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The Packers' Failure to Do Anything at the Trade Deadline Ended Their Season

Liam McKeone
Aaron Rodgers
Aaron Rodgers / Joshua Bessex/GettyImages
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The NFL trade deadline came and went on Tuesday and it was, shockingly, quite eventful. Trades in football don't happen very often and when they do they're rarely impactful. That is not the case this year. A few teams made some all-in moves and others traded away big talents for draft picks. It was if anything an entertaining couple of hours for all of us.

Unless you are a Green Bay Packers fan. In which case it was not an entertaining day at all. In fact it was miserable. Because the Packers failed to do anything at the deadline and effectively ended their season.

Green Bay is 3-5. Aaron Rodgers doesn't look like the same guy. The defense has been good at times but failed to come up big when it mattered most. The offense as a whole is broken and vacillates between giving the ball to Aaron Jones too little and too often. Special teams has lost more than one game for the Packers even after they overhauled all their staff in that department. It's just bad. All-around bad.

But the biggest and most fixable problem the Packers have is at wide receiver. The franchise traded away Davante Adams last offseason and did nothing to replace him. It is admittedly hard to truly replace a perennial All-Pro with perfect chemistry with Rodgers, but Green Bay sat on their hands during free agency and grabbed two wideouts in the draft. A fine strategy under certain circumstances but by doing so the Packers basically bet their season on two rookies being ready enough to win games and for Rodgers to figure it out in the meantime.

It was a pretty obvious flaw in the Packers' plans before the season and at the halfway point everything that could go wrong has gone wrong. But making a move at the deadline could have alleviated some of the woes plaguing this team. It is impossible to find a cure-all solution via trade midseason, but adding someone would have gone a long way in the team's efforts to merely be competent. To put a product on the field that didn't depress their quarterback and their fans. To just be good enough to make it to the playoffs with a little momentum and hope Rodgers plays unconscious for an unlikely postseason run.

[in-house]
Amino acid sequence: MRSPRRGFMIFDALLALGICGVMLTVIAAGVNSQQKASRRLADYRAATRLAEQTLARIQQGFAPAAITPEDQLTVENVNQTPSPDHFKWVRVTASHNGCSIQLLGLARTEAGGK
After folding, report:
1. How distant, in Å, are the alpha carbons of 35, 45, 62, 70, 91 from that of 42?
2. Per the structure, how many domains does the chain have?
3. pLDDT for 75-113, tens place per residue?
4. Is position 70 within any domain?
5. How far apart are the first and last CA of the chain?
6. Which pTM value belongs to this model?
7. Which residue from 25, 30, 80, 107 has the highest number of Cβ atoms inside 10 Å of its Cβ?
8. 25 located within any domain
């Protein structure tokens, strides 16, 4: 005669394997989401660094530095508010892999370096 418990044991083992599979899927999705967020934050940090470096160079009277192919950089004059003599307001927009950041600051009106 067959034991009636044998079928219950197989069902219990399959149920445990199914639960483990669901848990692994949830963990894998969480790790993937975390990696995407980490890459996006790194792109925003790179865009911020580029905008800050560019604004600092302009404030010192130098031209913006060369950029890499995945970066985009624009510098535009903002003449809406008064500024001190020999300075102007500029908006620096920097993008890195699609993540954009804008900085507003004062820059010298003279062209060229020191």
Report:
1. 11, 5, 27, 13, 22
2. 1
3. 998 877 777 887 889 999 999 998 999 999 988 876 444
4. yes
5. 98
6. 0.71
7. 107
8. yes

That hope is worth a draft pick, right? Even a high one. When you have a QB capable of doing anything, no year should be lost. It won't work out every season, as the Packers well know, but it's never worth punting on a year where things go sideways when a perennial MVP candidate is under center. Especially when that MVP candidate is nearing 40 years-old and openly contemplated retirement for a few years running.

The Packers, apparently, disagree. They were in the running for Chase Claypool but ultimately got passed over for the Bears, which is extra salt on the wound. They didn't have a backup plan and the deadline passed. Green Bay acquired no help for Rodgers anywhere. There were other wideouts available. But the Packers are notoriously picky when it comes to trades and apparently none of the options fit the bill.

That pickiness has sunk their season. Rodgers didn't need another All-Pro talent. He just needed a competent veteran he can trust. He didn't get it and now the Packers roll into the last half of the year with the exact same formula that caused them to be one of the most disappointing teams in the league in the first half. What's the definition of insanity again?

It's pretty aggravating to watch even as a neutral fan. I'm sure the Packers' brass will be very pleased in five years that they didn't give up a second-rounder for Brandin Cooks at the deadline this season after they use it to draft another defender or something. But it seems their propensity to do so is a direct reflection of how spoiled they've been. Nobody in the organization knows how hard it is to win in the NFL without a superstar quarterback. Yet they're all too willing to let this year pass them by, with no clue whether it'll be Rodgers or Jordan Love under center next year, because they always plan for the long-term.

That's great if you have another future Hall of Fame quarterback waiting in the wings. But lightning doesn't strike twice. The Packers blew this deadline and maybe their best shot for a long time at a Super Bowl. Sad to see.

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